New Year, Big Blue: 2020 Resolutions for the Ocean

Still looking for your 2020 new year’s resolution? Why not commit to adopting a few new habits that reduce your family’s impact on the ocean we all share? With threats like overfishing, marine plastic pollution, climate change, ocean acidification, and coastal development, there are so many small changes you can make to have big benefits for the ocean in the new year! Here are just a few ideas:


  • Eliminate as many single-use plastic products from your lifestyle as possible. Heading to the store? Pledge to bring a reusable cloth bag or opt for a paper bag instead of plastic when you forget your own bags. Going to work up a sweat? Bring a reusable water bottle instead of a single-use plastic one. Ordering take-out? Ask the restaurant to keep the plastic utensils.
  • Choose sustainable seafood. There are a lot of choices out there, but not all of them are good for us or the health of our ocean. With apps like Seafood Watch by Monterey Bay Aquarium or FishWatch by NOAA, it’s easier than ever to see if your favorite seafood is sustainable and responsibly fished or if better options exist. These apps are great for the grocery store, your favorite restaurants, and even places you go on vacation.
  • Try invasive species. Venture out of your culinary comfort zone and try invasive marine species like lionfish, Asian shore crab, snakehead, or blue catfish. Invasive species live in ecosystems not natural to them due to human activity (whether accidental or intentional) and can wreak havoc on their new habitats due to a lack of natural predators, allowing them to reproduce and feed at dangerous rates. One way to reduce the impact of invasive species and raise awareness is to eat them, whether in a restaurant or learning to cook them yourself by buying them from certain grocery store chains. Lionfish, for example, works well as a pizza topping, fried bites, or just blackened!
  • Maximize the life of the things you buy. Consumerism sometimes leads us to believe we need new things all the time, whether it is a TV, smartphone, clothes, or other products. However, this often leads to the disposal of perfectly fine items that are either produced using limited resources and energy that contributes to climate change or harm the environment when they are disposed through processes like chemical leaching or the release of methane gasses. By choosing to maximize our use of everything from clothing to electronic devices and everything in between, we can live a modern lifestyle that is friendlier to the planet and our wallets. 
  • Reduce your carbon footprint. Whether you decide to turn the lights off when you leave a room, set your thermostat to lower temperatures in the winter and higher temperatures in the summer, carpool to work or commute on mass transit, choose slower shipping times for online purchases, or buy produce from a local farmer’s market instead of a grocery store, you can reduce the amount of carbon your lifestyle adds to the environment. You can start by calculating your carbon footprint with the EPA’s free calculator and decide where to make changes to reduce it. 
  • Choose better lawn maintenance practices. Whether you live on the coast, in the mountains, or somewhere in between, the chemicals we use to fertilize our lawns and gardens can make their way to rivers and the ocean when it rains. Obviously we don’t want chemicals in our water supply, but too many nutrients in the water is also dangerous because it can lead to out-of-control algae growth and lead to dangerous harmful algal blooms, which threaten animals and humans alike. You can naturally fertilize your lawn and garden by using the products of composting, which is a natural way to give our food waste a second life.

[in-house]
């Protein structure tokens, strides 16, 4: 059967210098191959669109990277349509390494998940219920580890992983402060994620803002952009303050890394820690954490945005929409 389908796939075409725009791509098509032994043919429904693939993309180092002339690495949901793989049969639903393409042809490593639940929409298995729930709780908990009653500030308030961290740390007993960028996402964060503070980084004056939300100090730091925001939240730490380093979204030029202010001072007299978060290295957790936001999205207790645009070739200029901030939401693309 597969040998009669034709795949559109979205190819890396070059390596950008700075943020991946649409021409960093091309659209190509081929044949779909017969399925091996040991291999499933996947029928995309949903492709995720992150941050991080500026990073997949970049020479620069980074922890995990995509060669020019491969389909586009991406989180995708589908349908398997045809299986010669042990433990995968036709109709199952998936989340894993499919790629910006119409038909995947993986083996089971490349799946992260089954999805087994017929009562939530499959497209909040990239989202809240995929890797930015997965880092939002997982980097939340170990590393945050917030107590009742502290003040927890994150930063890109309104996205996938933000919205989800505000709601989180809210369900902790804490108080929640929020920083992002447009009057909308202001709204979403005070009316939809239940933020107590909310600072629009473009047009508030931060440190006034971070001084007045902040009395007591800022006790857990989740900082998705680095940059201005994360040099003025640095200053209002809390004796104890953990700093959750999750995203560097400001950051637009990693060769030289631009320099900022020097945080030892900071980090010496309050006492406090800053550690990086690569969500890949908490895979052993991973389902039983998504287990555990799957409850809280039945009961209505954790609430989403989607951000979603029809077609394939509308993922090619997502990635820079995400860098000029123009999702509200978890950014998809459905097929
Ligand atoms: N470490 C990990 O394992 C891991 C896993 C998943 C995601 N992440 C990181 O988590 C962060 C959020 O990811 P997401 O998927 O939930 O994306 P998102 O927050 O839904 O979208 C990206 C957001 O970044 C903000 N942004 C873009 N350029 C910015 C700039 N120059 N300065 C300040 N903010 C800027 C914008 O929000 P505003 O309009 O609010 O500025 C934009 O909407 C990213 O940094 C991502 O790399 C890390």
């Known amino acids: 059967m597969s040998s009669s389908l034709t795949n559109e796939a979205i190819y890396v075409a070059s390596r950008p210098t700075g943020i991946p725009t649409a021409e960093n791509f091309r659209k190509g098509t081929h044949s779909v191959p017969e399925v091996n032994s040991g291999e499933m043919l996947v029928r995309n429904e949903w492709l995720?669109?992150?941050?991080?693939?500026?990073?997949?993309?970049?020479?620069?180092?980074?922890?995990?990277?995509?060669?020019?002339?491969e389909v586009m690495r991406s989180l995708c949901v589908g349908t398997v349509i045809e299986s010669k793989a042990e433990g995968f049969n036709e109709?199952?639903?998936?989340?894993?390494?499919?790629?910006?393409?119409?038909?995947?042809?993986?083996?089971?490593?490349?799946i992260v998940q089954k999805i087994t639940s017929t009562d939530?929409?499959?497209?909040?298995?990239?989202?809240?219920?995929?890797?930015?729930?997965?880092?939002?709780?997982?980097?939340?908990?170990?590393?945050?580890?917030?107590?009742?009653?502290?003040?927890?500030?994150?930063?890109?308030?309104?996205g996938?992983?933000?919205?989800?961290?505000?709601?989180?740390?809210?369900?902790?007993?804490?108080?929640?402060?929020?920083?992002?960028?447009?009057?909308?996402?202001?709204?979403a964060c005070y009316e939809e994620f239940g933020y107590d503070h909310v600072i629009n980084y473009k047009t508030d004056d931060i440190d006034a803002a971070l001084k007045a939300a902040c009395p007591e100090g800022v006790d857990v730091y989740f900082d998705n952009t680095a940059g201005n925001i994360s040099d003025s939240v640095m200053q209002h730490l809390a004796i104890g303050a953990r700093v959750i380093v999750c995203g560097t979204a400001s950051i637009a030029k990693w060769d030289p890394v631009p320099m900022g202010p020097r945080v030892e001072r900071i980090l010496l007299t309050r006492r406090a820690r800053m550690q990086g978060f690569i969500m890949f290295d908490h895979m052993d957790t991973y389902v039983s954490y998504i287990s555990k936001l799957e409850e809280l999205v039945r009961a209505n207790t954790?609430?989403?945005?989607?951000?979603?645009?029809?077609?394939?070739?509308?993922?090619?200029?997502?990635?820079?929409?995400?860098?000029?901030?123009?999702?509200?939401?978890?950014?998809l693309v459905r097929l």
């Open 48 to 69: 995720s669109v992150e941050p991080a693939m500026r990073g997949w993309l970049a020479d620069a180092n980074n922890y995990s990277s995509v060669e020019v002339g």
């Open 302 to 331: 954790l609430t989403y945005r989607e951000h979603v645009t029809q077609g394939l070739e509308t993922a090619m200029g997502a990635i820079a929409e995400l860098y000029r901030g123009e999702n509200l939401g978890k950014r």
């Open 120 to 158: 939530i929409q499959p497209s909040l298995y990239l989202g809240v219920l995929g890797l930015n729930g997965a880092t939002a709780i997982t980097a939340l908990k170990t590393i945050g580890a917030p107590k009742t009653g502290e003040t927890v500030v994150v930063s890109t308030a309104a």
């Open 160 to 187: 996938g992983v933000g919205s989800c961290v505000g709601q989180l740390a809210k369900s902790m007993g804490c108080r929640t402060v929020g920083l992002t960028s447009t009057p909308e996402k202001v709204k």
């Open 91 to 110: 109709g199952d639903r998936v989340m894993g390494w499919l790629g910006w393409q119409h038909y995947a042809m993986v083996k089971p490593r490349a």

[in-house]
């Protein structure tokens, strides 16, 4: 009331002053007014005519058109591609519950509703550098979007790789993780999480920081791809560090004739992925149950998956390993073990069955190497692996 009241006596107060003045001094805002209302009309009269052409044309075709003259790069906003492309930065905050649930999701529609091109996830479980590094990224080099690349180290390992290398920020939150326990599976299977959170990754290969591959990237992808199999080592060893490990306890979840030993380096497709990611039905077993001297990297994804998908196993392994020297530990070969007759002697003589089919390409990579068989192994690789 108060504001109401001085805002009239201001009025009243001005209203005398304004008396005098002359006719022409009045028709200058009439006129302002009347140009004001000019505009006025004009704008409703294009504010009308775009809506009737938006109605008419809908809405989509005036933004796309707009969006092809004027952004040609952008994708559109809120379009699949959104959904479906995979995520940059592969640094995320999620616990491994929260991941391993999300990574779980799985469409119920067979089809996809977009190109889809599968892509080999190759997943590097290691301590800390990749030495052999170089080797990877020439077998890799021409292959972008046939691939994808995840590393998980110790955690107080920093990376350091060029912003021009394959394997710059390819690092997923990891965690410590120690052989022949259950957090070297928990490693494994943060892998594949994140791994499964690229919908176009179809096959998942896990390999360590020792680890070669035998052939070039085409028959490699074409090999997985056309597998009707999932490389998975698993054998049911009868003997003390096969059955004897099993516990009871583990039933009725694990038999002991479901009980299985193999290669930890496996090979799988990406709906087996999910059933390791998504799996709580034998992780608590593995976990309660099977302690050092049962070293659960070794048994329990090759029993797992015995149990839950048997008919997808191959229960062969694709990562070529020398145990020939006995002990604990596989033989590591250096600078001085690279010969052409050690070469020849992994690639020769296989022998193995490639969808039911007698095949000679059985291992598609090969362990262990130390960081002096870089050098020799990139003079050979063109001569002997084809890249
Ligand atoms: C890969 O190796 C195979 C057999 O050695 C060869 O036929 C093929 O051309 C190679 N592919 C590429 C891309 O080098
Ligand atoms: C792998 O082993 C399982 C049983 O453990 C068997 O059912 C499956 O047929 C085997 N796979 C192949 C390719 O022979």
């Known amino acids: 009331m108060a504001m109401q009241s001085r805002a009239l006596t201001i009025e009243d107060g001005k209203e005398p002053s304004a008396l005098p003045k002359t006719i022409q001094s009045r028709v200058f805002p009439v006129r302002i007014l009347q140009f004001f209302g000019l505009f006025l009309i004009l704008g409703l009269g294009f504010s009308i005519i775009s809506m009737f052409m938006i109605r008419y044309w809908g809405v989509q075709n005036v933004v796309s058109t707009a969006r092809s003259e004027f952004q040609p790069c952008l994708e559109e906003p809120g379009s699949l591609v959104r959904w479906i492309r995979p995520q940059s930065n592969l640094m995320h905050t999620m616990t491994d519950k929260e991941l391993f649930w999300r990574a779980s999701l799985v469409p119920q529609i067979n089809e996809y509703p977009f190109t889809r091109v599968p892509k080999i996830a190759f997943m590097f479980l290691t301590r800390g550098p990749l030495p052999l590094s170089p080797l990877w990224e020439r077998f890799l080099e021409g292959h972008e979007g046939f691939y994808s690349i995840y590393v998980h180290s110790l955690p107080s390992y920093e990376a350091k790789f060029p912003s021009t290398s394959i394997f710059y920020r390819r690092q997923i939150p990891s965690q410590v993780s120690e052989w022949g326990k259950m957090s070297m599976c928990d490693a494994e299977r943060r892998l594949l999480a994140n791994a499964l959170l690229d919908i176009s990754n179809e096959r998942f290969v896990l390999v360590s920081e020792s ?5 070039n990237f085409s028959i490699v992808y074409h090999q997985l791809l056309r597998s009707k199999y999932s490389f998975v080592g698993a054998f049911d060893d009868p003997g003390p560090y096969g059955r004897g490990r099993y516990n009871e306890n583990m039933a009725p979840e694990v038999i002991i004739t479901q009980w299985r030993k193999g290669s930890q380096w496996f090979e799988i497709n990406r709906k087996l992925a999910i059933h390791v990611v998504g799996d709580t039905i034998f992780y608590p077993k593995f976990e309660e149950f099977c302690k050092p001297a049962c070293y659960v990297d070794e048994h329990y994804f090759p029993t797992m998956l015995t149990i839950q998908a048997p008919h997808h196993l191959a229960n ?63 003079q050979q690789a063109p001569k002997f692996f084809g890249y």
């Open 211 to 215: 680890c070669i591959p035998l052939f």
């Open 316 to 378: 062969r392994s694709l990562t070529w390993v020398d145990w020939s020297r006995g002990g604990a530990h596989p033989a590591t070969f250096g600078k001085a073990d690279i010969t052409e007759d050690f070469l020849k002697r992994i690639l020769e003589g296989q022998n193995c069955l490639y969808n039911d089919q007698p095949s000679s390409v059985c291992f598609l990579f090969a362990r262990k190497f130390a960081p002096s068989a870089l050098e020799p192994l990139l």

• Waste less food. Food waste is a huge contributor to climate change and environmental degradation, both from a production side and the release of methane gasses when food goes to the landfill, all of which contribute to decreasing ocean health. We can reduce our food waste at home by tracking what we throw away, shopping realistically, planning the portions we cook and serve, and saving (and actually eating!) the leftovers we have. When eating at restaurants, we can choose smaller portion sizes, skip things like appetizers and complimentary breadsticks, and holding off on items you don’t like or want, such as French fries or pickles on a sandwich.
  • Enjoy responsibly. Whether you like to boat, SCUBA dive, fish, or experience the ocean in another way, you can act responsibly and still enjoy yourself. When boating, for example, we can use mooring buoys instead of anchoring in sensitive areas, and when diving we can make sure to avoid touching coral reefs with our hands and fins (and never taking anything back as a souvenir!). Instead of wearing sunscreens with chemicals harmful to marine species when we experience the ocean, we can choose reef-safe sunscreens or choose to wear clothing like rash guards and hats that physically protect our skin from the sun’s UV rays. 
  • Get involved! Whether you donate to causes you believe in or volunteer your time for things like citizen science projects or beach cleanups, you can make a direct impact on the future of our ocean. Programs like the annual Ocean Count in Hawaiian Islands National Marine Sanctuary, Goal: Clean Seas Florida Keys in Florida Keys National Marine Sanctuary, or the annual ROV building competition in Gray’s Reef National Marine Sanctuary are all great ways to commit your time to improving the ocean and educating others.


No matter what you choose to change about your lifestyle this year, it will make a big difference for the marine environment we all depend on.

Do you have other ideas for “new year, new you” blue habits? Let us know by sending us a message with your personal pledge!